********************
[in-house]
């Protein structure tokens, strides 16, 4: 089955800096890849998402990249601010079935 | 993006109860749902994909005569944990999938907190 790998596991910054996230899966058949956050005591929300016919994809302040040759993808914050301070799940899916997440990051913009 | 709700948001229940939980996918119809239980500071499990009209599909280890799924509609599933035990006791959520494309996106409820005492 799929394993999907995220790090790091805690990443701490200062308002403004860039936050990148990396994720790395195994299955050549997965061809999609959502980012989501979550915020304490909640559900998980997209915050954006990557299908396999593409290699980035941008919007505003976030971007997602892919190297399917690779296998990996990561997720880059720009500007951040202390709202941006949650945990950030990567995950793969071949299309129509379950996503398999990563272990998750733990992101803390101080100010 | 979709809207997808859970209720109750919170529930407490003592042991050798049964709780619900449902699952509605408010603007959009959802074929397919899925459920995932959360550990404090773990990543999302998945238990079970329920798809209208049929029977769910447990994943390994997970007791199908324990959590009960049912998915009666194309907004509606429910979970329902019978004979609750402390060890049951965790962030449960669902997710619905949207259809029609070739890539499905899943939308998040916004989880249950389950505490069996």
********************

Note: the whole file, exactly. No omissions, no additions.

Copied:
[in-house]
């Protein structure tokens, strides 16, 4: 089955800096890849998402990249601010079935 | 993006109860749902994909005569944990999938907190 790998596991910054996230899966058949956050005591929300016919994809302040040759993808914050301070799940899916997440990051913009 | 709700948001229940939980996918119809239980500071499990009209599909280890799924509609599933035990006791959520494309996106409820005492 799929394993999907995220790090790091805690990443701490200062308002403004860039936050990148990396994720790395195994299955050549997965061809999609959502980012989501979550915020304490909640559900998980997209915050954006990557299908396999593409290699980035941008919007505003976030971007997602892919190297399917690779296998990996990561997720880059720009500007951040202390709202941006949650945990950030990567995950793969071949299309129509379950996503398999990563272990998750733990992101803390101080100010 | 979709809207997808859970209720109750919170529930407490003592042991050798049964709780619900449902699952509605408010603007959009959802074929397919899925459920995932959360550990404090773990990543999302998945238990079970329920798809209208049929029977769910447990994943390994997970007791199908324990959590009960049912998915009666194309907004509606429910979970329902019978004979609750402390060890049951965790962030449960669902997710619905949207259809029609070739890539499905899943939308998040916004989880249950389950505490069996």